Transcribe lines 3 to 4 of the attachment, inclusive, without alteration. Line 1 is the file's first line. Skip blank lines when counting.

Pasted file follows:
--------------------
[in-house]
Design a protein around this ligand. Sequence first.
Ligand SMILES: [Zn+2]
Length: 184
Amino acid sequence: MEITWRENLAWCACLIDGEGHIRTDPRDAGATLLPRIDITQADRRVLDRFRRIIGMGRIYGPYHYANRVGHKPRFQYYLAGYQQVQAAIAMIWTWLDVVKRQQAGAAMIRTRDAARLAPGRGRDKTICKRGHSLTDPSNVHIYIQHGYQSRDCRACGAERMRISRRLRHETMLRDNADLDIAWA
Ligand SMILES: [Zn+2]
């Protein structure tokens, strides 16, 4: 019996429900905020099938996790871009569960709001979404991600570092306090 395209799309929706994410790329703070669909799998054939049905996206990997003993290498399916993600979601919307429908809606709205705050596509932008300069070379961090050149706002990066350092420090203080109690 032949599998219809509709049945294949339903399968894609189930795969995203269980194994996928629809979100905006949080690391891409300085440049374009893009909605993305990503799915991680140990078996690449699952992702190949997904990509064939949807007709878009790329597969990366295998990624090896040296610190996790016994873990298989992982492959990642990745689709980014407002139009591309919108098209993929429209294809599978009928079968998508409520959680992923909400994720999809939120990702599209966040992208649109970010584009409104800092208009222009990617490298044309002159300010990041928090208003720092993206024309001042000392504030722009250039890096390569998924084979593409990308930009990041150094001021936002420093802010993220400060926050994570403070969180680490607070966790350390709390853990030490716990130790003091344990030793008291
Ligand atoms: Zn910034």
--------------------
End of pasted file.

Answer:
Ligand SMILES: [Zn+2]
Length: 184